Wednesday, October 21, 2009

Cold Feet

I think I've already told you guys that I'm a worrier and an obsessor. So that means that at any given time of every single day, I'm worrying or mulling over something in my head. Sometimes it gets so bad that I'll be hardcore worried about something and a few minutes later I can't even remember what I was worrying about, but the feelings of stress and worry are still my body. I'm consumed most days by worry over things that I can't control.

Sometimes, when a lot of hectic things are going on I'll have little fits where I become obsessed with ONE thing that I think I can control and I'll stop at nothing to complete this one task. This is what happened when I sold my house. I couldn't control when my house was going to sell, but I could control the new things I needed for my apartment. I seriously spent about a week freaking out about what shower curtain I should buy for the apartment I didn't even have.

sigh. I know, it's bad.

Seriously though, I'm learning to control it. I know I've mentioned several times that I'm working on my stress and I've seen leaps and bounds of progress just by changing the way I think. I've learned some basic stress management skills and when I find myself in a state of panic, I rely on these skills and I talk my way through the stress. Why else do you think I have SO many pep talks with myself!? I've learned that every time that I am on the "what if" ledge, that I should keep pushing myself and take the what if to the most absolute (but realistic) circumstance and then tell myself I can get through it.

I know I have these skills. I know that stress is nothing but a lack of confidence. I know that I cannot control certain things in life and that's okay. I KNOW these things and I tell myself these things, but it doesn't change the fact that sometimes the stress still seeps in.  I started working on managing my stress in June or July of this year and I seriously have been doing a fantastic job. I have been feeling SO much better about life and I started implementing structure into my life and I was able to bring some of the quirks and characteristics of my old self back into my life and learn to stop being embarrassed about them. Instead of feeling like I was stuck in a miserable life with no way out, I decided to become a positive thinker and to decide what I really wanted in life.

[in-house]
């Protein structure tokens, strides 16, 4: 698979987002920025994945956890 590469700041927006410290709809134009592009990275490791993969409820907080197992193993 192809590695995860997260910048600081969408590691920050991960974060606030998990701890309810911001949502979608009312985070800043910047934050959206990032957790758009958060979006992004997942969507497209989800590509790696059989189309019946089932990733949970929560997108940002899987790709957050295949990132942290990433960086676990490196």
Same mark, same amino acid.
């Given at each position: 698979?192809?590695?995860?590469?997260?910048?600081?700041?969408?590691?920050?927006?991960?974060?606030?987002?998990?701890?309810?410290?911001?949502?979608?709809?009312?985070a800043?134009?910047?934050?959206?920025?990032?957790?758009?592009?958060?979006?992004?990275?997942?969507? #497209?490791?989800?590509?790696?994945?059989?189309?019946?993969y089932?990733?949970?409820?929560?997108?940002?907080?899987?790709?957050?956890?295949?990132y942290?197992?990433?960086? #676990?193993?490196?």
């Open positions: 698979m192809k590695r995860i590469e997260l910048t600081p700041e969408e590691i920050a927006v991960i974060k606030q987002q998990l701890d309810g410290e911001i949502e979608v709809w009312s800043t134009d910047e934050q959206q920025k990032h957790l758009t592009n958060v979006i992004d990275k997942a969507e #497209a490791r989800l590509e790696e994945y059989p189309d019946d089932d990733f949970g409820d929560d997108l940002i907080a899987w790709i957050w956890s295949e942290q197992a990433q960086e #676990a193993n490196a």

One of those things is obviously a new career. But I have to admit, as excited as I am and as happy as it makes me to think about what my new life is going to be like with a fantastic job that I'm passionate about, that stress has been seeping in. I've been going through major bouts of cold feet regarding this decision. The cold feet started as soon as I considered going back to school. I kept throwing ALL these negative thoughts at myself and I was focusing ONLY on the negative aspects of making this change. This would be a pay decrease from a life in finance. I will be a poor college kid for the next 3.5 years. I will accumulate MORE student debt. What will my family think? Is this even feasible?

I even read an article this morning about the top 10 areas for job growth, expecting something in the dietetics/nutrition field to be present because of all the talk about healthcare reform and instead I saw "Senior Financial Analyst," which is the career path I'm on right now.

But as all of these negative thoughts keep flooding in, I keep thinking about my life now and how I'm not happy with where my career is going. The one saving grace for me when I start experiencing cold feet is to think about what I'll be doing. It's to read books about the profession, or read the blogs of RDs or to read about what Ellie Krieger does each day and how RD's help other people. Everytime I read those things, it's like my body is consumed with excitement and I just know in my gut that this is a great step for me and it's the right step.  Then I give myself that pep talk and say, "I can do anything that I want and I will be successful because I define success for myself." I recognize that excitement and stress feel the same way to the body, so when I feel stress, I need to just convince myself it's excitement instead.

I have a fortune from a fortune cookie of many years ago on a picture of me and my dad on my nightstand. I actually completely forgot this was there until last night when I saw it again. It says something along the lines of: "Today might be the day to make some decisions based on your instincts." I realized my instincts tell me that I'm going to be a fantastic RD. My instincts tell me that helping people and sharing the gift of healthy living with other people is what will make me the most happy. My instincts tell me this profession is going to keep me motivated to continue my own healthy lifestyle. My instincts tell me a career as a RD it will give me the stability and safety that I need in life. 

So today and tomorrow and every day in the future that I start to get cold feet, I'm going to turn to my instincts. My instincts tell me I'm getting cold feet because this is a big change and change is scary - not because I'm making a mistake. My instincts are MINE and therefore I will only listen to myself and not listen to everyone else. I don't care who supports me and who doesn't, I'm doing this for me and me only.  

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